Northern Ireland

Suicide figures for Northern Ireland reveal 237 deaths in 2021

A total of 237 deaths from suicide were recorded in Northern Ireland in 2021.
A total of 237 deaths from suicide were recorded in Northern Ireland in 2021.

SUICIDE rates in Northern Ireland are at their highest level since 2015, new figures show.

A total of 237 deaths were reported in 2021 according to the Northern Ireland Statistics and Research Agency (Nisra).

This is 18 more (18.2%) than the 219 suicide deaths registered in 2020.

The overwhelming majority of deaths were male at 176 (74.3%) while 61 were female.

Rates for both have been increasing since 2019 – from 19.1 per 100,000 males in 2019 to 21.5 per 100,000 in 2021, compared to 6.0 per 100,000 females in 2019 to 7.3 in 2001.

Men between 25 and 29 and 45 and 49 accounted for the highest group, while for women the highest age group was 20-24.

Nisra figures also show that one in every three suicide deaths last year was someone under the age of 30.

Northern Ireland recorded an age-standardised rate of 14.3 suicides per 100,000 in 2021, which was higher than other UK regions with 14.0 per 100,000 in Scotland and 10.5 per 100,000 in England and Wales.

In the Republic of Ireland, the rate was 8.2 per 100,000.

It should be noted that comparisons with other regions are affected by different data collection methods.

Within Northern Ireland, the Belfast Trust recorded the highest suicide rate at 17.9 deaths per 100,000 in 2021, followed by the Western Trust at 16.0 per 100,000.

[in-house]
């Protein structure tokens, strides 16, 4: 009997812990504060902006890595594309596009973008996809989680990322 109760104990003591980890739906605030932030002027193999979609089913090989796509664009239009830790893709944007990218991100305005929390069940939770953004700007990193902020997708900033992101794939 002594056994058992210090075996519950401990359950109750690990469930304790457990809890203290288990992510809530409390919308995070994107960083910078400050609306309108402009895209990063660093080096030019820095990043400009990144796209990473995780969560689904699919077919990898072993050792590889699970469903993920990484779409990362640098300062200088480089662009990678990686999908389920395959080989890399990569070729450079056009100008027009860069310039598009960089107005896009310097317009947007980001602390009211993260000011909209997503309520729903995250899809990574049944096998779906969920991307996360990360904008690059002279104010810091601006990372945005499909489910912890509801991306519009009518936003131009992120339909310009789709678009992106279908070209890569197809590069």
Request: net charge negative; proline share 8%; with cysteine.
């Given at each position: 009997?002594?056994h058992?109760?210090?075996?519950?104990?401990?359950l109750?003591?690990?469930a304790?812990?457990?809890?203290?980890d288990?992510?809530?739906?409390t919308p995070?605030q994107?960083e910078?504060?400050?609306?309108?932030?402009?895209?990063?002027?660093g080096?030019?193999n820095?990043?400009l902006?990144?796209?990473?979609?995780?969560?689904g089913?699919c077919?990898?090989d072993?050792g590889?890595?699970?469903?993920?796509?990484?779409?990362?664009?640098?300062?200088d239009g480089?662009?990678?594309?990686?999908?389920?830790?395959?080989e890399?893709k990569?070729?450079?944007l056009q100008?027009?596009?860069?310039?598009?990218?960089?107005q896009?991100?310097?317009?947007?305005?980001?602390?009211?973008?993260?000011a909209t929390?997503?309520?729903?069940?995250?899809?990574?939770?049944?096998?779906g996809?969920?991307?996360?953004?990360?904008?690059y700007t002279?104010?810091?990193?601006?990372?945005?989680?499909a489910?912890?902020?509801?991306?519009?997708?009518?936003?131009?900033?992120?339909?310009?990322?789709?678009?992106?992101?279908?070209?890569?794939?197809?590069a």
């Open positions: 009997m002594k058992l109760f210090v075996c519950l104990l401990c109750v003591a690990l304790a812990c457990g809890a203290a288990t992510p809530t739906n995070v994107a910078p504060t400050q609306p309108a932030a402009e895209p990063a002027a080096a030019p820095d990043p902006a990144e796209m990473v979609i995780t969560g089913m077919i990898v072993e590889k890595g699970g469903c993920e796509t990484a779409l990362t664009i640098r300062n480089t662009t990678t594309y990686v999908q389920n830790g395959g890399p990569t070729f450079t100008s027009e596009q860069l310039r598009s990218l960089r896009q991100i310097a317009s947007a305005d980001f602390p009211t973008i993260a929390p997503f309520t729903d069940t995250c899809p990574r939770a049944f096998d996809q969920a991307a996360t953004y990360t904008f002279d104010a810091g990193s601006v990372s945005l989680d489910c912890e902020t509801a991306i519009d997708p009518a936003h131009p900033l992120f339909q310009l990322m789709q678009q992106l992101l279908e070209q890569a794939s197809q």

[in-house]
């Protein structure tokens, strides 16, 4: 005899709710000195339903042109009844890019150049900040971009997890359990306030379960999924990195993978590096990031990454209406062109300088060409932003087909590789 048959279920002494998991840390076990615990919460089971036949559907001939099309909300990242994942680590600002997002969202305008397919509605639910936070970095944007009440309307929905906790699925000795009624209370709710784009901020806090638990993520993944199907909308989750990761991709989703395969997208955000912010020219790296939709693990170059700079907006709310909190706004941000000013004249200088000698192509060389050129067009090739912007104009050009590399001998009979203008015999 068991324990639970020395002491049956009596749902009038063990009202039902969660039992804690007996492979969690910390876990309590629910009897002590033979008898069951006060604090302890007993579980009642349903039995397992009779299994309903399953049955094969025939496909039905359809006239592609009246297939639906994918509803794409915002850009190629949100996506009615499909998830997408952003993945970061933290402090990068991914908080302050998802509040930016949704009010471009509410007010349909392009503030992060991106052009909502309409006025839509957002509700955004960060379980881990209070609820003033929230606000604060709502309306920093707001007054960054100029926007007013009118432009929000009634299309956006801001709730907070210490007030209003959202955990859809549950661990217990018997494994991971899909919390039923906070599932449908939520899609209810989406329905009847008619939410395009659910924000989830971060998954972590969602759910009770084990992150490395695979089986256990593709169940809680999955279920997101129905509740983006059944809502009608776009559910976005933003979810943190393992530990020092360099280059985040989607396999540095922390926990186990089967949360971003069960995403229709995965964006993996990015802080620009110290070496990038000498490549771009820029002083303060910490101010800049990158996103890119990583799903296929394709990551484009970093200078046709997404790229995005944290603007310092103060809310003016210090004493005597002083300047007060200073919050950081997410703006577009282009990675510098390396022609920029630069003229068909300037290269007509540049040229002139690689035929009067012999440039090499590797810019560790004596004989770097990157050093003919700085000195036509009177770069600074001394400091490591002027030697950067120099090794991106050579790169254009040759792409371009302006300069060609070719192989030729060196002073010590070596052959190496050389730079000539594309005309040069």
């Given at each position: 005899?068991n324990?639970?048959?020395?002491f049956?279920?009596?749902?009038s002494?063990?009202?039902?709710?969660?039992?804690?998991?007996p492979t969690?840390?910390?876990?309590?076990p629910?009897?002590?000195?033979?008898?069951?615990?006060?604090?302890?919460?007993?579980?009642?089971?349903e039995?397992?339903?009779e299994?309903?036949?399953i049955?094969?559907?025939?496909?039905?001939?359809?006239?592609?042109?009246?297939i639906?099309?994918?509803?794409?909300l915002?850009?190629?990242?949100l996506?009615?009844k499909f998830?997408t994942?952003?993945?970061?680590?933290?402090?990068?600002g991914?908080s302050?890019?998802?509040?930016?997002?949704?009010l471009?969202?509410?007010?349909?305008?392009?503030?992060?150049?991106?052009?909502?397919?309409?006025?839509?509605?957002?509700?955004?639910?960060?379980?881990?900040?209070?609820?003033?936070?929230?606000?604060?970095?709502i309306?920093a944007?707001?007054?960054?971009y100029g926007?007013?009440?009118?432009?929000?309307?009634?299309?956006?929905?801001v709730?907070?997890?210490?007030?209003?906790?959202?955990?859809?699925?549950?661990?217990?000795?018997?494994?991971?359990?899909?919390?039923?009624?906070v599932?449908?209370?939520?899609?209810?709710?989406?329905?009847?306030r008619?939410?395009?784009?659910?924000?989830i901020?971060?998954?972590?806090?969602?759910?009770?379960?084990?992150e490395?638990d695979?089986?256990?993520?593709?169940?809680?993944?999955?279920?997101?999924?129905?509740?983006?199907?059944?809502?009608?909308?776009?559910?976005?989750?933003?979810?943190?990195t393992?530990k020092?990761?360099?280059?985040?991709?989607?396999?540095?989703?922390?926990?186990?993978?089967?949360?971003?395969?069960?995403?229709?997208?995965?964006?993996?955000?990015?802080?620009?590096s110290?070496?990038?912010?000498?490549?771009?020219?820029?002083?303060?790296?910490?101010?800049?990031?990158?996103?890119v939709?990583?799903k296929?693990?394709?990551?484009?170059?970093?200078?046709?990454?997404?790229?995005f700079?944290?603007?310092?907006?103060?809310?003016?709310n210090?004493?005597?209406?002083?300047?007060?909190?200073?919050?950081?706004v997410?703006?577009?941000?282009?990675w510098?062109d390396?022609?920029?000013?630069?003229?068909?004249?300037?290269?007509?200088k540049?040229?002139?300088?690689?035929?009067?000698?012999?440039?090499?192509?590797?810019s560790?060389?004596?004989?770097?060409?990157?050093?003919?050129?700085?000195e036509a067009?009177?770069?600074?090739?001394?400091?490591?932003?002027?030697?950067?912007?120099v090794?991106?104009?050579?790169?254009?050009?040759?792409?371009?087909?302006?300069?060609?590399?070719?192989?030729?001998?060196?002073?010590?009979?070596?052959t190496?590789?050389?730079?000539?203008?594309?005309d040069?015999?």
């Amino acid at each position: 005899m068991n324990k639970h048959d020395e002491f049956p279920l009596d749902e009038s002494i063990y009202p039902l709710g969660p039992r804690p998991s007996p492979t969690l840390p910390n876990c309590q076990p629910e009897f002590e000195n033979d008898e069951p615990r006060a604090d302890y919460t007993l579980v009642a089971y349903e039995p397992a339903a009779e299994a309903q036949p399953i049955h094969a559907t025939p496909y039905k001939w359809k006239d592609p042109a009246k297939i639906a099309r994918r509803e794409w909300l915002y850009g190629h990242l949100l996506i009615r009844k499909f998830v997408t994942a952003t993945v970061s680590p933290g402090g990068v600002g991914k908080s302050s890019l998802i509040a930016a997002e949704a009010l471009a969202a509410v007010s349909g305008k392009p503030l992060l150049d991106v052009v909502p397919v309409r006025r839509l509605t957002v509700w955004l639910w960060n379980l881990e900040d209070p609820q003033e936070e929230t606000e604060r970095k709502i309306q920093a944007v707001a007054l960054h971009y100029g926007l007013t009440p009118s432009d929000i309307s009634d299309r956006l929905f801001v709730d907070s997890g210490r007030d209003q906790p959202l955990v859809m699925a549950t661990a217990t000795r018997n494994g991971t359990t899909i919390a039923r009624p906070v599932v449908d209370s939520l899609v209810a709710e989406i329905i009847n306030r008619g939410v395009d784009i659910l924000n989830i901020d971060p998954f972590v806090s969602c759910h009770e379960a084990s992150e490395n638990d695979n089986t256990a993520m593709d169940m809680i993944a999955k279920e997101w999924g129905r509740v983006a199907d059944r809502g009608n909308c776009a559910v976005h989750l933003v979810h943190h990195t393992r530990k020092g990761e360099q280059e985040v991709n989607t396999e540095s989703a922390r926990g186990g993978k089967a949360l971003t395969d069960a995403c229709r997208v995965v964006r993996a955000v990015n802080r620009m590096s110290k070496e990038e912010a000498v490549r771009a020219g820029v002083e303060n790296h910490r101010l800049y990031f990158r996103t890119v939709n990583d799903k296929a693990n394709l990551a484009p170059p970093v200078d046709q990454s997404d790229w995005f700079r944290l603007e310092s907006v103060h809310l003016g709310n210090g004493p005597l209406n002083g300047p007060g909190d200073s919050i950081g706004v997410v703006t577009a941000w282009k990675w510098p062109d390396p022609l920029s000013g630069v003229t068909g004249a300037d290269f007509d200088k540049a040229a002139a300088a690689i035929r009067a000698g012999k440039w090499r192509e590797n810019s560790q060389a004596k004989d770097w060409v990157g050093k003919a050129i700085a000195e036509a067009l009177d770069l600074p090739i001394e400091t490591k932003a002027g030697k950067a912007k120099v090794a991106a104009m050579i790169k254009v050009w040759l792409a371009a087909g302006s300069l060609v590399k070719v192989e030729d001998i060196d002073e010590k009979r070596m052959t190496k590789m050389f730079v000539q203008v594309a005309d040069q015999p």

The lowest rate was recorded in the Northern Trust area at 10.4 deaths per 100,000.

The most deprived areas had a suicide rate that was nearly twice that of the least deprived areas in 2020 – 19.7 per 100,000 compared to 10.8 per 100,000.

The UK’s official definition of suicide includes deaths due to external causes relating to intentional self-harm and of undetermined intent.

Deaths that are found to be accidental are not included.

Northern Ireland’s mental health champion, Professor Siobhan O’Neill, commented on Twitter: “We never forget that these are the real people, with loving families and friends who are devastated.”

Earlier this year, a new mental health strategy was launched for Northern Ireland which was intended to give strategic direction for services over the next decade.

Professor O'Neill added that the future of the strategy is now in doubt as the Stormont deadlock means funding of increases of £24m for 2023 and £42m for 2024 have not yet been agreed.

For those struggling to cope, help is available around the clock and every day of the year.

For advice about mental health issues, visit

Lifeline operates a free 24-hour crisis response helpline (0808 808 8000) and Samaritans also provide emotional support for anyone in emotional distress or at risk of suicide throughout the UK and Ireland on 116 123 or online at